Today, ocean-going barges and excursion ships travel 465 miles up and down the Columbia and Snake rivers to a bustling seaport in Idaho that Lewis and Clark visited in 1805 when only Indians lived there. Later it became Idaho’s capital until the state seal and papers were whisked away in the middle of the night and taken to Boise, which was then declared the new capital.
It’s also where 34 Chinese gold prospectors were murdered 65 miles south; and an elephant named Mary was shot to death in the middle of town because she was thirsty and looking for water
That’s just part of the story of Lewiston and its neighbor city Clarkston.
On Aug. 13, 1805, Lewis and Clark met the Shoshone Indians in Montana and Sacagawea had a happy reunion with Chief Cameahwait — her brother. A month later, the party passed through the Lolo Pass into Idaho and soon faced the Bitterroot Range that one source called “the most unforgiving terrain on the continent.”
An old Shoshone called “Old Toby” and his son guided them westward. The ensuing weeks were a nightmare of rugged country, dense forests, rough water on the rivers, and worst of all — snowstorms, hunger and sickness.
However the Nez Perce Indians on the Weippe Prairie gave them shelter, fed them and helped them recuperate and taught them how to use fire to hollow out tree trunks into canoes.
On Oct. 10, 1805, Toby and his son deserted without warning and without demanding pay owed them for their services. The next day, the Corps of Discovery arrived at the confluence of the Snake and Clearwater rivers, in the heart of Nez Perce country — today site of Lewiston and Clarkston. They thought the Snake was the Columbia.
In his journal, Captain Clark said, “Pierced Nose Indians are Stout likeley men, handsom women, and verry dressey in their way.”
They left their horses in the care of the Nez Perce, who were excellent horsemen and breeders, obtaining their first horses from the Shoshones and developing from them the American Appaloosa — known for their strength, intelligence and beauty.
The explorers then sailed down the Snake into the Columbia and from there to the Pacific. After building Fort Clatsop and wintering near the mouth of the Columbia, they headed back the following spring. They picked up their horses from the Nez Perce and continued east, arriving in St. Louis at noon on Sept. 23, 1806 — welcomed by the whole town.
Beaver trapping in the Northwest opened the door to white settlers, and increased as trapping began declining in the 1830s and the Oregon Trail opened up to wagon traffic.
First of the early settlers in the Lewiston area were Presbyterian missionaries Henry Harmon Spalding and wife Eliza in 1836. They founded the Nez Perce Indian Mission at Lapwai Valley just east of Lewiston. It was Idaho’s first white settlement, the first school, first irrigation system, and where they planted Idaho’s first potatoes — and later brought in the Northwest’s first printing press.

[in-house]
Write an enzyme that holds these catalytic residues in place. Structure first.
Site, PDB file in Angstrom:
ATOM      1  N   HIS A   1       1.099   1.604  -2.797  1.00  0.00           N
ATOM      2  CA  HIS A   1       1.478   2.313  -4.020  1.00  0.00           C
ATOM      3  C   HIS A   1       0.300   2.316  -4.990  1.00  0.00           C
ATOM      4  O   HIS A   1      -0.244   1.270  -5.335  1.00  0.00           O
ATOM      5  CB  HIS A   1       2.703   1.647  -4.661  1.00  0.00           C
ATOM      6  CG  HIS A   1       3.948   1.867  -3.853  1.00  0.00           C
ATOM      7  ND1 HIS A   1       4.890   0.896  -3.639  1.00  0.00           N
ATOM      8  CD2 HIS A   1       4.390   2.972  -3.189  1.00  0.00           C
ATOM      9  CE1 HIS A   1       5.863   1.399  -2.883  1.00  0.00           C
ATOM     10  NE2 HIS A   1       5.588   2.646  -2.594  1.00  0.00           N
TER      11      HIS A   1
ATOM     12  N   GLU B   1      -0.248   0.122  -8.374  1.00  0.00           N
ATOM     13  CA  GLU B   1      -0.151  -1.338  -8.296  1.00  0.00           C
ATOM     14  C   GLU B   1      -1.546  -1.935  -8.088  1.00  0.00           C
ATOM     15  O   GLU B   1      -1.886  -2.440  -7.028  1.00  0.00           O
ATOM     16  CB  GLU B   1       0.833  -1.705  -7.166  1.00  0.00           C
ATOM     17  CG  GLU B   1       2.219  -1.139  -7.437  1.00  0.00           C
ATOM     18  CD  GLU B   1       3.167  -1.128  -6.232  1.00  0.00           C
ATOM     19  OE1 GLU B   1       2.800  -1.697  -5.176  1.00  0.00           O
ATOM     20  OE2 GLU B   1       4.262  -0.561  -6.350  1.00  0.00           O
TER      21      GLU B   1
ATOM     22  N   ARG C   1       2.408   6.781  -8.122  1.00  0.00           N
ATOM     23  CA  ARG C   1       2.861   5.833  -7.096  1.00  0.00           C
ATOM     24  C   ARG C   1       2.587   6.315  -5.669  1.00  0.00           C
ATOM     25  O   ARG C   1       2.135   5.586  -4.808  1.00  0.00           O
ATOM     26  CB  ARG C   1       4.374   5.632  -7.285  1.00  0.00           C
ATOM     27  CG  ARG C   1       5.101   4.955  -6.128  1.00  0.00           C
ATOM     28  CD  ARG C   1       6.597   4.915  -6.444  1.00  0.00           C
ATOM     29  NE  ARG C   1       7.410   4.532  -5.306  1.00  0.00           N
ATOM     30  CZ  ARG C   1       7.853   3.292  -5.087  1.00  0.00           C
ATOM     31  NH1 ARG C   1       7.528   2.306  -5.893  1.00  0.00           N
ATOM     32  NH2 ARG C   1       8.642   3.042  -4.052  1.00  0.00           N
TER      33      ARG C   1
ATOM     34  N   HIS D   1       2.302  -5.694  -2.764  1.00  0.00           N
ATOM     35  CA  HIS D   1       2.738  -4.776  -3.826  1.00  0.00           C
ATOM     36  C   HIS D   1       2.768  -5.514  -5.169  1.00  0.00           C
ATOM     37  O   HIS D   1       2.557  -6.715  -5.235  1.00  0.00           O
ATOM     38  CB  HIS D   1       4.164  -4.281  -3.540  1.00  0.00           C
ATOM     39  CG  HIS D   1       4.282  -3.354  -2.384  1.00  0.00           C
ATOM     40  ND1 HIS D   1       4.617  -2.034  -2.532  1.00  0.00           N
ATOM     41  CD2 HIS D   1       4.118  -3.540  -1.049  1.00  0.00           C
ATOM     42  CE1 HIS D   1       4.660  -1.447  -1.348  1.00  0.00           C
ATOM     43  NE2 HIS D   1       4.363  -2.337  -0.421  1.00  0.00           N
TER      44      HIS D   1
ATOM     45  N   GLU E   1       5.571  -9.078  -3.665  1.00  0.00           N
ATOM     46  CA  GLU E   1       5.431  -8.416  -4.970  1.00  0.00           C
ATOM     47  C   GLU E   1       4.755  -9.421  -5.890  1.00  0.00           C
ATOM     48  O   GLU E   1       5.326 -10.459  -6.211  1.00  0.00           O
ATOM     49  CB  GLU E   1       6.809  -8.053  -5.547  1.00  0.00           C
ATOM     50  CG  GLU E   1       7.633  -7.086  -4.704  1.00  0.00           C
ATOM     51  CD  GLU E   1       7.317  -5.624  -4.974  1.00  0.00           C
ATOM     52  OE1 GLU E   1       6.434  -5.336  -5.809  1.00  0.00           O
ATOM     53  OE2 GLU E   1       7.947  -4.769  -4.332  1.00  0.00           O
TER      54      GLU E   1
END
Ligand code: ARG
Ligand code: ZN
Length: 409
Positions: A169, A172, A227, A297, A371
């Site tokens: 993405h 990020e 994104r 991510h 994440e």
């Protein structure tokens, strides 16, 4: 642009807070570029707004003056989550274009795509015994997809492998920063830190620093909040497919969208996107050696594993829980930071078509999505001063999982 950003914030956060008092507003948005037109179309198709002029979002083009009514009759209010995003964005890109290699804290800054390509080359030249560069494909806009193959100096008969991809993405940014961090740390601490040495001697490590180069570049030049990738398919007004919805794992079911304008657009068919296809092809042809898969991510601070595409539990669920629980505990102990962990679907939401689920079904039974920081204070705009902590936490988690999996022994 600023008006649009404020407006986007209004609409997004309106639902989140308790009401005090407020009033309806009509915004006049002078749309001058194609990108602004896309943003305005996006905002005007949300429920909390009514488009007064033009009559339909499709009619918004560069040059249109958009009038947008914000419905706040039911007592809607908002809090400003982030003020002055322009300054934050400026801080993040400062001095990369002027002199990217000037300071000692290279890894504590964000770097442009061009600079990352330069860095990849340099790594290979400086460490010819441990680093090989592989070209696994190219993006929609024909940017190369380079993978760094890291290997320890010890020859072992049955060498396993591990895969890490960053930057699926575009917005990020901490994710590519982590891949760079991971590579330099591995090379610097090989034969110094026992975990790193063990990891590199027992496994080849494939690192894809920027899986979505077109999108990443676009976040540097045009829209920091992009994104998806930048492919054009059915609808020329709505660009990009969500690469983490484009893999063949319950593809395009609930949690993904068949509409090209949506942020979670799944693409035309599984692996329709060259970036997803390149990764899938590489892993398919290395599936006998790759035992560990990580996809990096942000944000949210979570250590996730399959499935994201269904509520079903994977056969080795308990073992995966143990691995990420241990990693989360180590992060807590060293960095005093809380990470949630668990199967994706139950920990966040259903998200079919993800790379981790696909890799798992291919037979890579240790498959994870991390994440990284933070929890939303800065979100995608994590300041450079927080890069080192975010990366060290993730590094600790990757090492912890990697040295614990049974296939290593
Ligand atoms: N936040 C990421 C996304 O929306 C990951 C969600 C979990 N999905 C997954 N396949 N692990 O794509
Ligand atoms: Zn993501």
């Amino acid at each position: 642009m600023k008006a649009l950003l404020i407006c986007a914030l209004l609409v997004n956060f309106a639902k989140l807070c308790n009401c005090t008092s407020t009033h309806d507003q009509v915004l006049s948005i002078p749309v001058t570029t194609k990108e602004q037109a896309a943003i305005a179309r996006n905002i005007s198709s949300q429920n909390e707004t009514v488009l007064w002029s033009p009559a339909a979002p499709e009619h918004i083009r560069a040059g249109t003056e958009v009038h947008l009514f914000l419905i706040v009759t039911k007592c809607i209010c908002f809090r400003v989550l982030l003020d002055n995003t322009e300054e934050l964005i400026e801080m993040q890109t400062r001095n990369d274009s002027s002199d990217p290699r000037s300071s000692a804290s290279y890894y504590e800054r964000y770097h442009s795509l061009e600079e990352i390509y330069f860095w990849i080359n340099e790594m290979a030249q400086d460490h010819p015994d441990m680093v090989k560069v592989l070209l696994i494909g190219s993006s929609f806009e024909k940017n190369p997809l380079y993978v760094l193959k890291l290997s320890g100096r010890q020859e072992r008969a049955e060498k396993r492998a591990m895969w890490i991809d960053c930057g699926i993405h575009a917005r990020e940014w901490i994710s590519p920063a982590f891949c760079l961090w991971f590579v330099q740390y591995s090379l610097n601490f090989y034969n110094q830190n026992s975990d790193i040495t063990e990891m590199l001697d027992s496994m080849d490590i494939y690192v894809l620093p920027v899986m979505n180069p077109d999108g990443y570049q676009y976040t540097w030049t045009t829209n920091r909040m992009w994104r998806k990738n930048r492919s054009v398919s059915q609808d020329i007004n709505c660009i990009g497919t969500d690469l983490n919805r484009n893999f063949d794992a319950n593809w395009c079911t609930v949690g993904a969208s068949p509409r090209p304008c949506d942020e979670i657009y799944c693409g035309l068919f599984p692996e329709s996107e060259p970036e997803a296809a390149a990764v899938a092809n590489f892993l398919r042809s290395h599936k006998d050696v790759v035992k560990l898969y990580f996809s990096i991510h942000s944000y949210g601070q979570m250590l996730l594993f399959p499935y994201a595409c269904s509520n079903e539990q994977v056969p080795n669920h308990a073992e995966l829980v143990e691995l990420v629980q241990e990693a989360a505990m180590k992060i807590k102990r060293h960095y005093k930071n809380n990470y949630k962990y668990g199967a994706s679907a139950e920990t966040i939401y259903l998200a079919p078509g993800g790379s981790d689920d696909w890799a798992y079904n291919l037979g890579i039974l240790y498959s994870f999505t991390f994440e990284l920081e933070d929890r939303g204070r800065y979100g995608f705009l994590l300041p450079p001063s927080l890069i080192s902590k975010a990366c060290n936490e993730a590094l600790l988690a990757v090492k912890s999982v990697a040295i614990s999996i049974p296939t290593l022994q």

Eliza worked well with the Indians, but Henry was a hard taskmaster and relations were strained. Because of increasing Indian unrest and the massacre of their fellow missionaries Marcus and Narcissa Whitman near Walla Walla in 1847, the Spaldings left and moved to the Willamette Valley, Ore.
In the years that followed, the 1860 gold discovery on Nez Perce lands near Orofino by Elias D. Pierce and Wilbur F. Bassett would bring more whites, and the U.S. Army that would build Fort Lapwai to keep the peace while trying to persuade the Indians to move onto reservations.
By the 1870s, relations between whites and Indians were at their lowest. For the Nez Perce near Lewiston it was a time of anguish as the Army captured their Chief Joseph and his people in Montana in 1876 after a long a chase. Chief Joseph would be exiled to the Colville Reservation in Eastern Washington and never see his beloved Lapwai homeland again.
Lewiston attracted settlers, who liked its mild “banana belt” climate, water and fertile soil — ideal for growing fruit, vegetables, and grain nearby.
Then some bad things began to happen.
Abraham Lincoln appointed Caleb Lyon as second governor of Idaho Territory in 1864 when Lewiston was the territorial capital. Lyon preferred the bigger Boise as the capital, but the people in Lewiston and North Idaho strongly opposed that idea. A judge issued a temporary order not to move the archives and territorial seal to Boise, and the sheriff set up an armed guard to prevent it.
Escaping Lewiston anger, Lyon then took off for Washington, D.C., and Idaho had no governor for several months. But Clinton DeWitt Smith, the newly arrived Territorial Secretary named himself acting governor and took matters into his own hands.
With a contingent of soldiers he broke into the state capital building in Lewiston and stole the State Seal and other government documents. He stuffed them into saddlebags and headed for Boise — the trip taking 16 days due to bad weather — arriving the same day that Lincoln was shot.
Then Lyon came back but got into trouble with just about everyone and skipped town again in 1866, taking with him $46,418.40 in federal funds intended for the Nez Perce — and he got away with it.
One writer described him as “a conceited, peculiar man, who made many enemies and misappropriated much of the public funds.”
The 1860 gold discovery brought many Chinese to the area who signed contracts to come to America and work for 25 years, hoping one day to return with enough money to provide a better life for their families. Few ever made it.